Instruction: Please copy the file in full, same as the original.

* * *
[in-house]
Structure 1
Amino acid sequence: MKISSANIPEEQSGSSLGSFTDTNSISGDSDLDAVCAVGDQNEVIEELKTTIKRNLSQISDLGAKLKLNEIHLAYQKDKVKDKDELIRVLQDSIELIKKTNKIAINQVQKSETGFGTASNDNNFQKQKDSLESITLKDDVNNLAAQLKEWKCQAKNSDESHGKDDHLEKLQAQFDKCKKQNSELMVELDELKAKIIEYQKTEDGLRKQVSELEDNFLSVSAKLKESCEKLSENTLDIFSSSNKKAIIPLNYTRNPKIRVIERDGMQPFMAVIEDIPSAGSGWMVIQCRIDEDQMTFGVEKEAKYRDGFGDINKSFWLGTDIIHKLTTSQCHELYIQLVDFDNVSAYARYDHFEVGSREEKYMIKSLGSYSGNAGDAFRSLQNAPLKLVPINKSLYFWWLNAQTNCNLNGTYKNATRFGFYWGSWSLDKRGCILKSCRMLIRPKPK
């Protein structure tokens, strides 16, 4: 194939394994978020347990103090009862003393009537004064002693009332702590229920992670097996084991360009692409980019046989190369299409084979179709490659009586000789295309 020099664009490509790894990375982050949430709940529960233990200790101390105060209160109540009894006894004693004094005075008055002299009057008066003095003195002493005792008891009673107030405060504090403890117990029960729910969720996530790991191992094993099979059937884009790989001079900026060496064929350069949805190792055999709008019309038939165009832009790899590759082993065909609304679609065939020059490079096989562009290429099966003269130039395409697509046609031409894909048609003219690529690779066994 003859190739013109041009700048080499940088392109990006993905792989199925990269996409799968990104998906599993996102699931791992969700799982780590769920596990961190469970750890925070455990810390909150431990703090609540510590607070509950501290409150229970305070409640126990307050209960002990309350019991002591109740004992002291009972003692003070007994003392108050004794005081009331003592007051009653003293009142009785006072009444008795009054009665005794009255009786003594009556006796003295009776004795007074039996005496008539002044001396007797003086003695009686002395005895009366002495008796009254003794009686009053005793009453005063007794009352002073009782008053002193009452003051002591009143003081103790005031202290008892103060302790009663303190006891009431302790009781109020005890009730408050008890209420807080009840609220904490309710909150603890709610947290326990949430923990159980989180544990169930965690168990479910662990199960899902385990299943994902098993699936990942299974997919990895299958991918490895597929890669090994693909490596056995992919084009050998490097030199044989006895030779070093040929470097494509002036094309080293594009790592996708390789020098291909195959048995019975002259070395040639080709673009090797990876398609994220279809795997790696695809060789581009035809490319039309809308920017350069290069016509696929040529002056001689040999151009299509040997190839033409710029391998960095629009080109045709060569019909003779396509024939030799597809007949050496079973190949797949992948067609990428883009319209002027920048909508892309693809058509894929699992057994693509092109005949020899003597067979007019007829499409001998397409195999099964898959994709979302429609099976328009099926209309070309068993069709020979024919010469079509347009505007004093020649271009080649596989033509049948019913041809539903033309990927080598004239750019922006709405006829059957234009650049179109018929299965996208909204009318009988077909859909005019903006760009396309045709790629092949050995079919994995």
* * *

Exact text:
[in-house]
Structure 1
Amino acid sequence: MKISSANIPEEQSGSSLGSFTDTNSISGDSDLDAVCAVGDQNEVIEELKTTIKRNLSQISDLGAKLKLNEIHLAYQKDKVKDKDELIRVLQDSIELIKKTNKIAINQVQKSETGFGTASNDNNFQKQKDSLESITLKDDVNNLAAQLKEWKCQAKNSDESHGKDDHLEKLQAQFDKCKKQNSELMVELDELKAKIIEYQKTEDGLRKQVSELEDNFLSVSAKLKESCEKLSENTLDIFSSSNKKAIIPLNYTRNPKIRVIERDGMQPFMAVIEDIPSAGSGWMVIQCRIDEDQMTFGVEKEAKYRDGFGDINKSFWLGTDIIHKLTTSQCHELYIQLVDFDNVSAYARYDHFEVGSREEKYMIKSLGSYSGNAGDAFRSLQNAPLKLVPINKSLYFWWLNAQTNCNLNGTYKNATRFGFYWGSWSLDKRGCILKSCRMLIRPKPK
């Protein structure tokens, strides 16, 4: 194939394994978020347990103090009862003393009537004064002693009332702590229920992670097996084991360009692409980019046989190369299409084979179709490659009586000789295309 020099664009490509790894990375982050949430709940529960233990200790101390105060209160109540009894006894004693004094005075008055002299009057008066003095003195002493005792008891009673107030405060504090403890117990029960729910969720996530790991191992094993099979059937884009790989001079900026060496064929350069949805190792055999709008019309038939165009832009790899590759082993065909609304679609065939020059490079096989562009290429099966003269130039395409697509046609031409894909048609003219690529690779066994 003859190739013109041009700048080499940088392109990006993905792989199925990269996409799968990104998906599993996102699931791992969700799982780590769920596990961190469970750890925070455990810390909150431990703090609540510590607070509950501290409150229970305070409640126990307050209960002990309350019991002591109740004992002291009972003692003070007994003392108050004794005081009331003592007051009653003293009142009785006072009444008795009054009665005794009255009786003594009556006796003295009776004795007074039996005496008539002044001396007797003086003695009686002395005895009366002495008796009254003794009686009053005793009453005063007794009352002073009782008053002193009452003051002591009143003081103790005031202290008892103060302790009663303190006891009431302790009781109020005890009730408050008890209420807080009840609220904490309710909150603890709610947290326990949430923990159980989180544990169930965690168990479910662990199960899902385990299943994902098993699936990942299974997919990895299958991918490895597929890669090994693909490596056995992919084009050998490097030199044989006895030779070093040929470097494509002036094309080293594009790592996708390789020098291909195959048995019975002259070395040639080709673009090797990876398609994220279809795997790696695809060789581009035809490319039309809308920017350069290069016509696929040529002056001689040999151009299509040997190839033409710029391998960095629009080109045709060569019909003779396509024939030799597809007949050496079973190949797949992948067609990428883009319209002027920048909508892309693809058509894929699992057994693509092109005949020899003597067979007019007829499409001998397409195999099964898959994709979302429609099976328009099926209309070309068993069709020979024919010469079509347009505007004093020649271009080649596989033509049948019913041809539903033309990927080598004239750019922006709405006829059957234009650049179109018929299965996208909204009318009988077909859909005019903006760009396309045709790629092949050995079919994995």